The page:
NY National Guard Headquarters Staff Marks Memorial Day

By Eric DurrMay 23, 2024

New York National Guard headquarters marks Memorial Day
New York Army National Guard Brig Gen. Isabel Smith, the director of joint staff, and Command Sgt. Major Curtis Moss, stand at attention during the playing of taps after placing a wreath at the New York National Guard headquarters Memorial Day Ceremony in Latham, New York on May 23, 2024. The first Memorial Day, or Decoration Day as it was called after the Civil War, was held in New York.( U.S. Army National Guard photo by Stephanie Butler) (Photo Credit: Petty Officer 1st Class Stephanie Butler) VIEW ORIGINAL

LATHAM, N.Y. - The New York National Guard’s headquarters staff marked Memorial Day with a short ceremony May 23.

Brig. Gen. Isabel Smith, the director of joint staff, spoke briefly about the importance of Memorial Day.

“We pay honor and tribute to properly thank these heroes, who have done so much to keep this country, our prosperity, and our freedoms intact,” Smith said. “For those who never left the battlefields, we must hold them up in our hometowns and honor their memories.”

Command Sgt. Major Curtis Moss, assigned to the operations and training directorate, read the names of 15 New York Army and Air National Guard and New York Naval Militia members who died in the past year.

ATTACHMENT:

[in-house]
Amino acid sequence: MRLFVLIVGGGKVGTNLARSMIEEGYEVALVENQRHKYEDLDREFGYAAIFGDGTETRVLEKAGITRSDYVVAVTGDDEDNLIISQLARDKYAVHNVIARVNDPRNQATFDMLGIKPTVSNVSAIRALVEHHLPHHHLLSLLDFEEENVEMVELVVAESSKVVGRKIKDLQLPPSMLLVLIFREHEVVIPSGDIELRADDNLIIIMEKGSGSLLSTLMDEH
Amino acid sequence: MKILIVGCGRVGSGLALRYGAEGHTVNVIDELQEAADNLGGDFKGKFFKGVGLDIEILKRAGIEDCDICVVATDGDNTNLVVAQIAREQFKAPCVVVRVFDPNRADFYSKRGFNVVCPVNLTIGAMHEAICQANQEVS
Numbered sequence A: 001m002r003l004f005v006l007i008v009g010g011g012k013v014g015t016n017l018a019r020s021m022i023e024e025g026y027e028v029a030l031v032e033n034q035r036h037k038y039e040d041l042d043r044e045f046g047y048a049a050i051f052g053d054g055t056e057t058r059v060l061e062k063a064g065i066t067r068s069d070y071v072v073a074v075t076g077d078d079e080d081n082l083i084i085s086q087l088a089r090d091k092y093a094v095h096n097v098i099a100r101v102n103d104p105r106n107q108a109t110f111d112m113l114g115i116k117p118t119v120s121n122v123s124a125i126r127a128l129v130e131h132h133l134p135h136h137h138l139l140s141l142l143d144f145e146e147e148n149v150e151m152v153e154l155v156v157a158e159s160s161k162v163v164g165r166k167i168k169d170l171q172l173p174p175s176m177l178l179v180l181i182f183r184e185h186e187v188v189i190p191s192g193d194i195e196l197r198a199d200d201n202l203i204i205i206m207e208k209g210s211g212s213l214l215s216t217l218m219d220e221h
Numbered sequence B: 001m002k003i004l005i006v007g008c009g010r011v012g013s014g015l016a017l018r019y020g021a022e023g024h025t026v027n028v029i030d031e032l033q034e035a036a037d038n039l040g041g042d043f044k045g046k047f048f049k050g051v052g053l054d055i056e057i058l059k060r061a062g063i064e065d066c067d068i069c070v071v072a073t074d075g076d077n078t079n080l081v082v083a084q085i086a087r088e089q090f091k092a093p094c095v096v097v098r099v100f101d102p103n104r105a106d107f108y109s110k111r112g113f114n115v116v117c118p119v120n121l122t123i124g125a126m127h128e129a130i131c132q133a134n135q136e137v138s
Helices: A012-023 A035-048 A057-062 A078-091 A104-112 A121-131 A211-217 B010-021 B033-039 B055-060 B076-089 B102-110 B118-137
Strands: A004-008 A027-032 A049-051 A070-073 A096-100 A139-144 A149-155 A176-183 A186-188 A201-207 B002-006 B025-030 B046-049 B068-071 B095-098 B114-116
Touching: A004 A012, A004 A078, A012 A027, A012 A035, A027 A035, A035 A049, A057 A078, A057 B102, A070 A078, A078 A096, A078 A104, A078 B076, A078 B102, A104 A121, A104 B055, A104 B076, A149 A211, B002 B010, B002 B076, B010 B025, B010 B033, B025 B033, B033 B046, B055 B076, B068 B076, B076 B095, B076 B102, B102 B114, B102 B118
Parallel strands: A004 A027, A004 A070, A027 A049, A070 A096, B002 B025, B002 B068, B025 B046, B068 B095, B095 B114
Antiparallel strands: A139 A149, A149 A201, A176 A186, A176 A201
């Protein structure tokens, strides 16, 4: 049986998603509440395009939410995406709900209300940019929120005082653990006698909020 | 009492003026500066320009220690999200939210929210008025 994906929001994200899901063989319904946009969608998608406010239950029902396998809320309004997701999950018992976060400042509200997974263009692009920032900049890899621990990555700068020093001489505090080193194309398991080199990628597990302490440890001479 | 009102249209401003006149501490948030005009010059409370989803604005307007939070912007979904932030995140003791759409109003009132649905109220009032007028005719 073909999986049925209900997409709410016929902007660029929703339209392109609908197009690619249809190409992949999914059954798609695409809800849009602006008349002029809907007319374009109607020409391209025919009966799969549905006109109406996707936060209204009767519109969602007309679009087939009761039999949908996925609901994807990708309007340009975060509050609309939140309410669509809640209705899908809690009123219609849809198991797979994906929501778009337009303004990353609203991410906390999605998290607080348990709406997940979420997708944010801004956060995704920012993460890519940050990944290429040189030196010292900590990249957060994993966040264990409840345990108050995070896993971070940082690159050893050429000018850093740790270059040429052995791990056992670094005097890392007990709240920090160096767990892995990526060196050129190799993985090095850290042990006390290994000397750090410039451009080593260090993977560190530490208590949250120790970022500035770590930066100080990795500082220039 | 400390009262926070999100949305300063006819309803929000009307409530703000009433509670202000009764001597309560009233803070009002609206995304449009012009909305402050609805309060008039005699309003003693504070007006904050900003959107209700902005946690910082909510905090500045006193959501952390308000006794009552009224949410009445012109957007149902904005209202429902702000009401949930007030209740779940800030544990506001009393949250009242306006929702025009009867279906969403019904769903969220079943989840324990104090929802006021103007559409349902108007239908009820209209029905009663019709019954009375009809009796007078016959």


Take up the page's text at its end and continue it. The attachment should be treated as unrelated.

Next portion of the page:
Two Soldiers, Chief Warrant Officers 2 Casey Frankoski and John Michael Grassia II, were killed March 8, 2024, when the UH-72 Lakota helicopter they were flying to support the Border Patrol crashed in Texas.

To conclude the ceremony, Moss and Smith placed a wreath commemorating those killed in battle, while Cpl. Christian Luce, a 42nd Infantry Division Band member, played taps.

Memorial Day got its start in New York April 5, 1866, when the citizens of Waterlook decorated the village with flags at half-staff and evergreen branches on the anniversary of Robert E. Lee’s surrender to commemorate the local war dead.

The village did it again in 1867. By 1868, the Grand Army of the Republic, the equivalent of the American Legion for Union War veterans, was urging a National Day of Remembrance on May 30. The village and other New York communities shifted their date to May 30.

In the South, a group of formerly enslaved people held a Memorial Day event in May 1865, just a month after the war’s end, marking the graves of Union Soldiers who died in battles around Charleston, South Carolina.

Other events were held across the South in communities to mark the graves of Confederate war dead.

Since then, the day's meaning has expanded to commemorate all those who have given their lives in defense of the United States.